Rules of origin, red tape and how to deal with it in a post-Brexit world
Before the UK left the European Union at midnight on January 31st, 2020, the UK and EU governments settled a trade deal called the Trade and Cooperation Agreement (TCA), set up principally to determine the future trading relationship between the two markets.
Welcomed by many UK business owners as a the most favourable outcome compared to a no-deal scenario, the alternative would have brought the UK-EU trading by default onto World Trade Organization (WTO) terms – less than ideal from the UK’s point of view.
But leaving the EU meant also saying goodbye to the customs union putting the UK among the non-EU markets which are subject to EU tariffs. The result is that our imports and exports must qualify for tariff-free status to fall in line with the TCA agreement.
Therefore, we have had to adapt to the new rules and implement changes to the way we do business. If your business has not introduced changes, it is not too late. But this is what you need to do:
- Check that the EU business that you’re exporting to is also ready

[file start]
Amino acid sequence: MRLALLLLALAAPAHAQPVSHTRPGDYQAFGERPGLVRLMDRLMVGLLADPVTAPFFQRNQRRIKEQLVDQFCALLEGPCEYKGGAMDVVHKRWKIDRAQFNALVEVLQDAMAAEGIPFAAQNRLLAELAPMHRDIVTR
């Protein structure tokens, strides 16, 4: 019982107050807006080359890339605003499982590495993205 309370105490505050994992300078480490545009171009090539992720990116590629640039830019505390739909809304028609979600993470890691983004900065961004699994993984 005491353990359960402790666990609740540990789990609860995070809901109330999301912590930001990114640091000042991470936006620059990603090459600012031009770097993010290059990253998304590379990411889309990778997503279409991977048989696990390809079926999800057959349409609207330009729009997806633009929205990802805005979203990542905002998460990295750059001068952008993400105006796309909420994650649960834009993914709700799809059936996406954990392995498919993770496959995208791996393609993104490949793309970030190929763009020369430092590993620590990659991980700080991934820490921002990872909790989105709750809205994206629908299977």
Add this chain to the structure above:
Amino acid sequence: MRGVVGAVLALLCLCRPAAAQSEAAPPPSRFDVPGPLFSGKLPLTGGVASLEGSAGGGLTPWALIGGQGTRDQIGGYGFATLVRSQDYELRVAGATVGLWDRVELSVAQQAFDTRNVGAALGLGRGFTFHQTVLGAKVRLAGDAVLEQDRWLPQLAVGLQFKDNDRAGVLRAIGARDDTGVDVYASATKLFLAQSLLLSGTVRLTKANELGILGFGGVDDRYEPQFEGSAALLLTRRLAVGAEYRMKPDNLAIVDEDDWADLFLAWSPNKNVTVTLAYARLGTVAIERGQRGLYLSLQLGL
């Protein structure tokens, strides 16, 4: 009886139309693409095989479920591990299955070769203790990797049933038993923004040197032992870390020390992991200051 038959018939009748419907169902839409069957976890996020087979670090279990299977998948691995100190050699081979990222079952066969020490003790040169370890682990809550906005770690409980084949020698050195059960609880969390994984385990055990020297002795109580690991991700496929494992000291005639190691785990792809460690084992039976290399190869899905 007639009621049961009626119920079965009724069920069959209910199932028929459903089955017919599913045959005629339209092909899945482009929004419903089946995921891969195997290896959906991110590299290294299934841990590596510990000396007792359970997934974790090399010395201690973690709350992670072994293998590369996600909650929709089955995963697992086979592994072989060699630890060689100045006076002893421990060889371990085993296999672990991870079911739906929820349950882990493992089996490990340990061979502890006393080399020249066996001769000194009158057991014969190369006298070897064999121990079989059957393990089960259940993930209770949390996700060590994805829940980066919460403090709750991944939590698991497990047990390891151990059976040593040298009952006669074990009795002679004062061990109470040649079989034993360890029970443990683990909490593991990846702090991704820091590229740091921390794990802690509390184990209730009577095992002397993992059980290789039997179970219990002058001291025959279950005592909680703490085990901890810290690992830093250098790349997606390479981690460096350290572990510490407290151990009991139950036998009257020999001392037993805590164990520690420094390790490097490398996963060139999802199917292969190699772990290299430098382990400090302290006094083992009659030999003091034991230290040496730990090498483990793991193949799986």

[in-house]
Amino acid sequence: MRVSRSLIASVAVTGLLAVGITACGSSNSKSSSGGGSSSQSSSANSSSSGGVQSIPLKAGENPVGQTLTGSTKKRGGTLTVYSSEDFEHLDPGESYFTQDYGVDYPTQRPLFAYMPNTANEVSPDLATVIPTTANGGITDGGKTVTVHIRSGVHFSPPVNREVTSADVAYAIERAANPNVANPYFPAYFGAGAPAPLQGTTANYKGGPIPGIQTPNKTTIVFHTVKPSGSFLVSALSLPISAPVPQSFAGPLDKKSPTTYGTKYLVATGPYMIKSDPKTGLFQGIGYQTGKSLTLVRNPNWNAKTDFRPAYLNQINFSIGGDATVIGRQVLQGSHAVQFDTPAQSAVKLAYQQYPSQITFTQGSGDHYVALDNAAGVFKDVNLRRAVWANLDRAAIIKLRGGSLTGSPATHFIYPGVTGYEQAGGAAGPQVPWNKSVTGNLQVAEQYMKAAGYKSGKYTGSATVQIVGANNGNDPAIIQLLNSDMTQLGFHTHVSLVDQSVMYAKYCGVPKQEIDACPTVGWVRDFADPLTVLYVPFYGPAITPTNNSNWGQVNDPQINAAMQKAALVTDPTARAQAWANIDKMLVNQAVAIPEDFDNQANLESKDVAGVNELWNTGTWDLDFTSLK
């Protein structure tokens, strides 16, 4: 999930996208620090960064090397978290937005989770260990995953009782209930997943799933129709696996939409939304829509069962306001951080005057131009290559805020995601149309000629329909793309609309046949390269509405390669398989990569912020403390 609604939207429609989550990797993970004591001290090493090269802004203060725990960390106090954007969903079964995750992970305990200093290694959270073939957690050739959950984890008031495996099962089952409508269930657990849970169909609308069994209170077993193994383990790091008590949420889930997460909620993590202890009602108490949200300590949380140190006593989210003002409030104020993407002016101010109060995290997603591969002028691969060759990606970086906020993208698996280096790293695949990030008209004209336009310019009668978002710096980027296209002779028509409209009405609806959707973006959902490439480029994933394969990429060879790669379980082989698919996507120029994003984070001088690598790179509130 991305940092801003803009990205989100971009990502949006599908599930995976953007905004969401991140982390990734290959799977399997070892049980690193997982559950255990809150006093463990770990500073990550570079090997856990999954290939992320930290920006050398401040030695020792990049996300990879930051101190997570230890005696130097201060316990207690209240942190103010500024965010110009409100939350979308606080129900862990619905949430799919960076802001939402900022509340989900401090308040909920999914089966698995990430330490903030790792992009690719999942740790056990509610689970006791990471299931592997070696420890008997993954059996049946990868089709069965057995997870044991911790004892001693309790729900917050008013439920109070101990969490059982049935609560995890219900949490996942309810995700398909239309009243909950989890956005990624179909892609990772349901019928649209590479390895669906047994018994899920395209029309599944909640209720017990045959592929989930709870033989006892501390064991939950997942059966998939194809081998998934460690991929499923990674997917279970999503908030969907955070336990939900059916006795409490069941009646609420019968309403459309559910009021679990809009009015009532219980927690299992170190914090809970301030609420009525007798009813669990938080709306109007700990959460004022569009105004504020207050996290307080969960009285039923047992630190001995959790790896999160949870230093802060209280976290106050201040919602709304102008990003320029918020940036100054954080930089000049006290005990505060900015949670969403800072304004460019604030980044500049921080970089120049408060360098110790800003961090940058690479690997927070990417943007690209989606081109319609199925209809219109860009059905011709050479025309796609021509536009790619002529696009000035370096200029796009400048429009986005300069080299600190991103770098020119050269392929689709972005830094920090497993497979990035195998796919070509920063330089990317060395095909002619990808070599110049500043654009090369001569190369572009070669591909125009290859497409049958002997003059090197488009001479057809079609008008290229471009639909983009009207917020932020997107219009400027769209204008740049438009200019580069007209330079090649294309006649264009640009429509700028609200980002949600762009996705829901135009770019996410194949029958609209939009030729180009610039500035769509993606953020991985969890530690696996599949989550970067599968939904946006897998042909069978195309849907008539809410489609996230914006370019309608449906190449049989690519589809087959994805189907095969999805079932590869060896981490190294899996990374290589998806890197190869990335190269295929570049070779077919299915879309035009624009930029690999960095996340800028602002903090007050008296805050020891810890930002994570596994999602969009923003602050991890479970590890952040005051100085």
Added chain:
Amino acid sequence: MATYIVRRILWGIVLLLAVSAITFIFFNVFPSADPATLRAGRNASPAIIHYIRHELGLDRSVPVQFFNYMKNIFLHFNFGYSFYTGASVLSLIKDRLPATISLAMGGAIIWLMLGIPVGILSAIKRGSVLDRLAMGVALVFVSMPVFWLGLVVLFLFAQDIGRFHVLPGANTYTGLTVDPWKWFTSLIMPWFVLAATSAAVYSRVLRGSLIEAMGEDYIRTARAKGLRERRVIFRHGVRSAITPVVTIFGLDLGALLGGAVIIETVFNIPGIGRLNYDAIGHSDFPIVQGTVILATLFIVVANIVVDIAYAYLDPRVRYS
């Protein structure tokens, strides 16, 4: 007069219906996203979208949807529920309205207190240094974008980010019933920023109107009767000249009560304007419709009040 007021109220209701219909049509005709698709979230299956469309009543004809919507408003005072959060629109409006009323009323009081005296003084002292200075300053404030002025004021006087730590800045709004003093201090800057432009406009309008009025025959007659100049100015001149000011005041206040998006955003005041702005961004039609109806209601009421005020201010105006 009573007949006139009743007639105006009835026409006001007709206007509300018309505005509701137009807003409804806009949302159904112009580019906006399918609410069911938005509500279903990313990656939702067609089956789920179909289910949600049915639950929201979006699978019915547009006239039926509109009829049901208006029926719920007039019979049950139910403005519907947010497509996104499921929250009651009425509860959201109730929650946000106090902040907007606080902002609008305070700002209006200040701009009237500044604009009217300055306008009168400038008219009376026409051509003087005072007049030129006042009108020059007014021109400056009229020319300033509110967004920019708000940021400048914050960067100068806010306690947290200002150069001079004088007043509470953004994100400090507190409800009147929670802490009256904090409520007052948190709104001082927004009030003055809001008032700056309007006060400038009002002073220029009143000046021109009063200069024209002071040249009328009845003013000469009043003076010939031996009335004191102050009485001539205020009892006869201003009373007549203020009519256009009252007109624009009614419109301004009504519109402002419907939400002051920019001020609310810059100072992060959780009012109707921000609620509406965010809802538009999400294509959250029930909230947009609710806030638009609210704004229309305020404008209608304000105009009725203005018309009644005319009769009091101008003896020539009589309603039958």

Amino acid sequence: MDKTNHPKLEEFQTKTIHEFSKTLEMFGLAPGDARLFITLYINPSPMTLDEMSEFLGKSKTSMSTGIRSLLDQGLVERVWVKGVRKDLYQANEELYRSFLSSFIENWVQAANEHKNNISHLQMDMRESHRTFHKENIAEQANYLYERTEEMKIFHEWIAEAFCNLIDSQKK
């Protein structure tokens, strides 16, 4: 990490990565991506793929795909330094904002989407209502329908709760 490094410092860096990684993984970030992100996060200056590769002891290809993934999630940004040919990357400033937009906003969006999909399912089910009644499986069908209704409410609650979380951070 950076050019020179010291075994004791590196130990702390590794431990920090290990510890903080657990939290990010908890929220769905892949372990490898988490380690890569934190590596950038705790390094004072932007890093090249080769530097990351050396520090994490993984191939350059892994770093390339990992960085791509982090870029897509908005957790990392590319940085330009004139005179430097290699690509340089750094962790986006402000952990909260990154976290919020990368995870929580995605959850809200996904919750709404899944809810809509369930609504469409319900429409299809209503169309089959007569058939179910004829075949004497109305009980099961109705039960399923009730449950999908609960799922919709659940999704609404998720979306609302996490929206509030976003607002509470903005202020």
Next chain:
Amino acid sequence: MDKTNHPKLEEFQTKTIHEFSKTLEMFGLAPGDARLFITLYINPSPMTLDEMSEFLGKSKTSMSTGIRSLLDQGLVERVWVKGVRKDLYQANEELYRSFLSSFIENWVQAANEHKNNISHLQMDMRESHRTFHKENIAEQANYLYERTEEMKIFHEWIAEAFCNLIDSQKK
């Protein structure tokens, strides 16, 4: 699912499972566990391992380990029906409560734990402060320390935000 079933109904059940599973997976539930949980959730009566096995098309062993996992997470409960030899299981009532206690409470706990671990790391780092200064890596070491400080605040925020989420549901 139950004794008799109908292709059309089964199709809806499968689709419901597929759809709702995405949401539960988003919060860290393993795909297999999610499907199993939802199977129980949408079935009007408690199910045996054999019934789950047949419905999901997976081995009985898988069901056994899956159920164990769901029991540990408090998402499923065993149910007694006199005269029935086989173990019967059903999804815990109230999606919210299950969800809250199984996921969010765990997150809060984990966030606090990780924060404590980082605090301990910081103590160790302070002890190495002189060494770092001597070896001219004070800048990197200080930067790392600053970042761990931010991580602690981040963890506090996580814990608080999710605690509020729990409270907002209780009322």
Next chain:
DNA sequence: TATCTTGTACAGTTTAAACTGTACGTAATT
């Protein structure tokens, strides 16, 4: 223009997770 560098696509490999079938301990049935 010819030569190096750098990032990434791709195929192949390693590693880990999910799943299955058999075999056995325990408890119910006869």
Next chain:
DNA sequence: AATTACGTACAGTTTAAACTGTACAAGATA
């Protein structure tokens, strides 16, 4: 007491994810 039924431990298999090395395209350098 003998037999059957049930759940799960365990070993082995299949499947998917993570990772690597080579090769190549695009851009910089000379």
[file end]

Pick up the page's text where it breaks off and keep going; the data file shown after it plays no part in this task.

- Ensure you have an EORI number starting with GB.
- Check the current rules for importing and exporting and ensure your goods meet origin rules
- Make customs declarations when exporting good to the EU
- Use a good courier, freight forwarder or customs agent as it will save time and help greatly
If you’re finding it difficult, you’re not alone, we’re all navigating the ocean together. Help and advice is readily available and there’s always the UK government’s website that has lots of useful information: https://www.gov.uk/guidance/brexit-guidance-for-businesses
At FB Leaf Chain we talked to our business partners early on to agree on working practices and systems that would be mutually agreeable. Once they are in place, it’s not as much trouble as you think.